Researchers in São Paulo will combine biotechnological techniques to formulate COVID-19 vaccine
May 13, 2020
By Maria Fernanda Ziegler | Agência FAPESP – Researchers at Butantan Institute in São Paulo City, Brazil, will combine innovative techniques in biotechnology to formulate a COVID-19 vaccine designed to induce different kinds of immune response more effectively than conventional approaches.
The novel strategy takes inspiration from a mechanism used by certain bacteria to “trick” the immune system. They release tiny spheres made of material from their membranes to act as decoys, allowing the bacteria to evade defense cells and even antibiotics.
Outer membrane vesicles (OMVs), as the researchers call these spheres, can be used to activate the immune system against the coronavirus. OMVs cultured in the laboratory will be attached to surface proteins from the coronavirus, triggering an immune response that can be deployed from memory in the event of actual infection by SARS-CoV-2. The vaccine will stimulate the production of antibodies and other immune cells such as macrophages and leukocytes.
“For this approach we’re combining two different strategies used by us in the past to develop vaccines against other diseases. The new technique means the formulation can contain a large amount of one or more antigens of the virus in a strongly adjuvant platform, inducing a more pronounced immune response,” Luciana Cezar Cerqueira Leite, head of Butantan Institute’s Special Vaccine Development Laboratory, told Agência FAPESP.
The study is supported by FAPESP, and is part of a research line involving the development of vaccines against whooping cough (pertussis), pneumonia, tuberculosis and schistosomiasis based on techniques developed for the recombinant BCG vaccine used to prevent severe forms of tuberculosis in children. A new line in the project has recently been started to develop a COVID-19 vaccine.
“Different techniques are being tested all over the world and in Brazil as well,” Cerqueira Leite explained. “Many are based on what was already being developed for other viruses, such as the one that caused the SARS outbreak in 2001. We hope they’ll work, but the truth is that no one knows if they’ll provide real protection. During the current pandemic it’s not a bad idea to try different strategies. Our approach will take longer but if the strategies being tested don’t work out, we already have plans B, C and D.”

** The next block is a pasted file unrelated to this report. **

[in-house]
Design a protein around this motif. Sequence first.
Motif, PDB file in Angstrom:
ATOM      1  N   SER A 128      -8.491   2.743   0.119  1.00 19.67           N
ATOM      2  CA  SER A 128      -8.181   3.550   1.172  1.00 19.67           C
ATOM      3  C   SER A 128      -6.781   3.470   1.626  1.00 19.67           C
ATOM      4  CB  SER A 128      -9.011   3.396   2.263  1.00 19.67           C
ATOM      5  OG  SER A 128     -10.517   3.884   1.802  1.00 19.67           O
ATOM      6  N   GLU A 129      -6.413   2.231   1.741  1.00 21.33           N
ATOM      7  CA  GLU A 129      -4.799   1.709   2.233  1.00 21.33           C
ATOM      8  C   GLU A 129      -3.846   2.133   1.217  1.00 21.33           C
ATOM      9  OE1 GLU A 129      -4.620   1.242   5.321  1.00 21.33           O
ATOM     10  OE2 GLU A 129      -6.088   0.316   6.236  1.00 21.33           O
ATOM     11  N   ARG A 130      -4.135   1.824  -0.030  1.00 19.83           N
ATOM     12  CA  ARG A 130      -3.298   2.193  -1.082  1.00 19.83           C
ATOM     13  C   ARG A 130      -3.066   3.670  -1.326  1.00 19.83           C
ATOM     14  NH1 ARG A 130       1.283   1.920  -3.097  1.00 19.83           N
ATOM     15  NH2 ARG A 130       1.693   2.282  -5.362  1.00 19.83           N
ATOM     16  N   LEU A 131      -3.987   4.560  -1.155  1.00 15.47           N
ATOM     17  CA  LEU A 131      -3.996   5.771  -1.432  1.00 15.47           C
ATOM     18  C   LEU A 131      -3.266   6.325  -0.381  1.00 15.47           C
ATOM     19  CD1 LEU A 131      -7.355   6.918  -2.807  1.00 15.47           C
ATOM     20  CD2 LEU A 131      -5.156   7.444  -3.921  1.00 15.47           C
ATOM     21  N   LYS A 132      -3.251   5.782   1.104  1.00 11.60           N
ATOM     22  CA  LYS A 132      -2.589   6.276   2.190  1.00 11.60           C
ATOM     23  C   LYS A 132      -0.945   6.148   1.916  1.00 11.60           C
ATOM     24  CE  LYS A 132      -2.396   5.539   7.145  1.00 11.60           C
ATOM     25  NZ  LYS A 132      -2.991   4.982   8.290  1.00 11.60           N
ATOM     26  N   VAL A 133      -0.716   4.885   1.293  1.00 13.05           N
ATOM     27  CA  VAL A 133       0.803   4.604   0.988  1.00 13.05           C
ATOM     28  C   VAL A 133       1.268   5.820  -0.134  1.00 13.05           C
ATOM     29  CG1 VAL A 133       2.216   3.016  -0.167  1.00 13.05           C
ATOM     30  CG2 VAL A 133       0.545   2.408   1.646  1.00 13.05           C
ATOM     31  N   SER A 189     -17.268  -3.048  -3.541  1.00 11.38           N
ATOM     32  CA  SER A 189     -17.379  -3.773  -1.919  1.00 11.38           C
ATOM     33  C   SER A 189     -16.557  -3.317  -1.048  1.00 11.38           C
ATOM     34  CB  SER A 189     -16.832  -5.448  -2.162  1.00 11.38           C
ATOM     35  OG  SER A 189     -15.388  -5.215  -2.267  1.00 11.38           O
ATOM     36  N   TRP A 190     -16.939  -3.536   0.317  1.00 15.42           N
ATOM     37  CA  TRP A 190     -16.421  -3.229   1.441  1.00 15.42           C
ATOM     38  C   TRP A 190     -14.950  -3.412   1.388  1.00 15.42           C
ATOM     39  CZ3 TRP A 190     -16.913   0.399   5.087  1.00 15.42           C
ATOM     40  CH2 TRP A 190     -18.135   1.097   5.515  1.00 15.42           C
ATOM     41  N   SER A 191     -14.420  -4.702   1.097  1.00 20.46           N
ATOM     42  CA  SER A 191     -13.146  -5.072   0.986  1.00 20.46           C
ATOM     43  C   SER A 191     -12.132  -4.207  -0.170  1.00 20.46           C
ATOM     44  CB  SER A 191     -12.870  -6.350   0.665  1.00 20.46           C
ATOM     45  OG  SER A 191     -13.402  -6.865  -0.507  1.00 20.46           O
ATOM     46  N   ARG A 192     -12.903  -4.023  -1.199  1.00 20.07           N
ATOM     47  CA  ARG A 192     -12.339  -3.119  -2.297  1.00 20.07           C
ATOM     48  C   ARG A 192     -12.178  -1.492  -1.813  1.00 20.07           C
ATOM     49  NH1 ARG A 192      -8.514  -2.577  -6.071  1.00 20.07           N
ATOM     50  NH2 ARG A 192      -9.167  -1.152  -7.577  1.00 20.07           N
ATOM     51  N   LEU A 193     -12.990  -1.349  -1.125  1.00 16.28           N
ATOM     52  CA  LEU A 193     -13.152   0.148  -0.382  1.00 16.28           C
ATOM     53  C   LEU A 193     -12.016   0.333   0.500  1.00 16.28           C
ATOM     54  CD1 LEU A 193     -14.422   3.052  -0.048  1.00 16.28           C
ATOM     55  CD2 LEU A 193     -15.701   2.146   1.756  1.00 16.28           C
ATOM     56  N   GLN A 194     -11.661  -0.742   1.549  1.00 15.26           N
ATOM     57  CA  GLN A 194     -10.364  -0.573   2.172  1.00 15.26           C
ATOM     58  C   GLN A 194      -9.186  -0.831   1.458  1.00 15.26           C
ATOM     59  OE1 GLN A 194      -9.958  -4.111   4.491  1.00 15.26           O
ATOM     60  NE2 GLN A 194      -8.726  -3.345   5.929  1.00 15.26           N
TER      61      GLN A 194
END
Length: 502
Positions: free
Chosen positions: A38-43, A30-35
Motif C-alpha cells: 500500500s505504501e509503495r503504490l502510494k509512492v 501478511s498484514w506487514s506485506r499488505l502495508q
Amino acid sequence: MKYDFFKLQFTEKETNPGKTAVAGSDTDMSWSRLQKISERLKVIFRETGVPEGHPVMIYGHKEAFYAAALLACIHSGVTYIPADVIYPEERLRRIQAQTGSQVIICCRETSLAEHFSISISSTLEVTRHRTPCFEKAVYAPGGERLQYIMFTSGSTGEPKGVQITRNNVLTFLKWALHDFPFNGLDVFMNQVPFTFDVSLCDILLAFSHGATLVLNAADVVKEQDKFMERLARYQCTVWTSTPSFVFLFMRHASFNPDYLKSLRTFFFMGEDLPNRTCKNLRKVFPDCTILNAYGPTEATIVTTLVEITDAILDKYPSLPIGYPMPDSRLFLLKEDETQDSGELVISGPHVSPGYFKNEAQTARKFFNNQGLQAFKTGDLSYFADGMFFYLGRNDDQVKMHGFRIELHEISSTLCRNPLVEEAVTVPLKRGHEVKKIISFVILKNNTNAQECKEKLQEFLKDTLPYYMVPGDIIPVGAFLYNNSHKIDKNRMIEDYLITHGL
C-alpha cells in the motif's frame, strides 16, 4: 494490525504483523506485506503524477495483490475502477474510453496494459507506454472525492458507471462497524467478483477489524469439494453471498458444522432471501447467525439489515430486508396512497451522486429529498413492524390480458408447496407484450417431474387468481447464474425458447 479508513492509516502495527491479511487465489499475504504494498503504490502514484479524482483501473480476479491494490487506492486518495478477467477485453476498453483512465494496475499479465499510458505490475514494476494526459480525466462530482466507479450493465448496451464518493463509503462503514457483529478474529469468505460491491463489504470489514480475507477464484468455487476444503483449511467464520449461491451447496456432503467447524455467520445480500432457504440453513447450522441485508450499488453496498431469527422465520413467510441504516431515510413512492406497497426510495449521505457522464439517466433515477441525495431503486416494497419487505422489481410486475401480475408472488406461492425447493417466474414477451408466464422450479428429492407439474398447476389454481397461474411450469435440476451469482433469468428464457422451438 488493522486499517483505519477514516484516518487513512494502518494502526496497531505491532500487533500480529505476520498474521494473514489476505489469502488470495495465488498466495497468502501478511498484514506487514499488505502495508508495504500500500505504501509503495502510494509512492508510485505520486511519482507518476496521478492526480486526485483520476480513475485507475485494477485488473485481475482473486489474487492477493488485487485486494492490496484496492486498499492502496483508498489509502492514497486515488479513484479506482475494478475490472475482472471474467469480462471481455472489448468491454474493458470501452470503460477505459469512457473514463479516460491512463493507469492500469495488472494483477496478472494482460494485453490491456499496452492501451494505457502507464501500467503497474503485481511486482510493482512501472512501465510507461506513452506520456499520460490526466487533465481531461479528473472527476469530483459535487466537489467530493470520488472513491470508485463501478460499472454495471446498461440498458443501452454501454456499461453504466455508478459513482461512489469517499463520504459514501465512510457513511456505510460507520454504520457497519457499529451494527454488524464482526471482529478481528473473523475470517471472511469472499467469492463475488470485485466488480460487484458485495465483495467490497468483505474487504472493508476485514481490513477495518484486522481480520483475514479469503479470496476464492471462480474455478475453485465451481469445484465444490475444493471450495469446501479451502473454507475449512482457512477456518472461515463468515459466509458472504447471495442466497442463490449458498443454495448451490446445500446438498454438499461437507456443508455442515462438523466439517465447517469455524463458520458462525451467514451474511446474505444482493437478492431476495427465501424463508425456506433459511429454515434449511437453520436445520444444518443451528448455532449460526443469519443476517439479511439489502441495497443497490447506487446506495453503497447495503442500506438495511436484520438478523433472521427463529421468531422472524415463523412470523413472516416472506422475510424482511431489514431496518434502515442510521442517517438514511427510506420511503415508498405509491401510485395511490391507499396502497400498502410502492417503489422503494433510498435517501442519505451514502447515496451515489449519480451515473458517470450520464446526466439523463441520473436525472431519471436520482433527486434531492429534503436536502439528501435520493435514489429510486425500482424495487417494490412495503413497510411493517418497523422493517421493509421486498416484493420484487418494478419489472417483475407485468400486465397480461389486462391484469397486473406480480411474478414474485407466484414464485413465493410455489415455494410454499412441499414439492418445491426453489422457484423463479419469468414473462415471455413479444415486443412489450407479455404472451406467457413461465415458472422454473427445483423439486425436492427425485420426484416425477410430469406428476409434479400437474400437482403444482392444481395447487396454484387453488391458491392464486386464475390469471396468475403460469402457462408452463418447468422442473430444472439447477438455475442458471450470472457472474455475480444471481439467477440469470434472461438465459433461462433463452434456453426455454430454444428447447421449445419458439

Many vaccines consist of solutions containing the dead or attenuated pathogen. Some are cell-based vaccines designed to trigger an immune response in the form of defense cells and specific antibodies. They are considered safe because they do not cause the disease in the vaccinated individual, who retains a long-term “immune memory” of the pathogen in question.
“Cell-based vaccines are simple and often effective, but this approach doesn’t always work, especially against pathogens with significant antigen variability or more complex organisms with sophisticated mechanisms for evading the immune system,” Cerqueira Leite said.
The Butantan Institute group propose to combine two strategies for the development of a non-cellular vaccine. One will use recombinant surface antigens to trigger the production of specific antibodies against SARS-CoV-2. The other will use OMVs as an antigen scaffold to mimic the virus.
“OMVs can modulate the immune response in general, providing enhanced protection. Many vaccines use aluminum hydroxide as the main adjuvant. In our case we’ll use OMVs to deliver an antigen with strong built-in adjuvant power to ensure a better response,” Cerqueira Leite said.
To this end the group will deploy the multiple antigen presenting system (MAPS), an innovative platform developed by a collaborator at Harvard University in the United States and used in an experimental formulation against pneumococcus.
Basically the molecular complex is assembled by means of a coupling mechanism similar to that used in ELISA (enzyme-linked immunosorbent assay) diagnostic tests. This type of laboratory test detects antibodies against a specific pathogen to diagnose whether a subject has been infected. The process developed at Harvard involves one or several antigens bound to bacterial capsular polysaccharides somewhat like jigsaw puzzle pieces.
“It’s a platform that enables proteins to be non-covalently bound in a highly efficient manner, saturating the surface of the OMVs with viral proteins and making them very immunogenic,” Cerqueira Leite said.
The idea of using OMVs arose from observation of a strategy used by certain gram-negative bacteria to evade the host’s defense system. “When bacteria infect an organism, they produce these vesicles from their own outer membranes. They do so to distract the organism’s immune response. Antibodies and other immune cells try to kill the vesicles instead of attacking the bacteria, which are free to multiply in the organism,” Cerqueira Leite said.
In the novel formulation the OMVs are designed to stimulate an immune response. “They’re highly immunogenic. Recent studies show they have a significant capacity to activate dendritic cells and macrophages,” she said.
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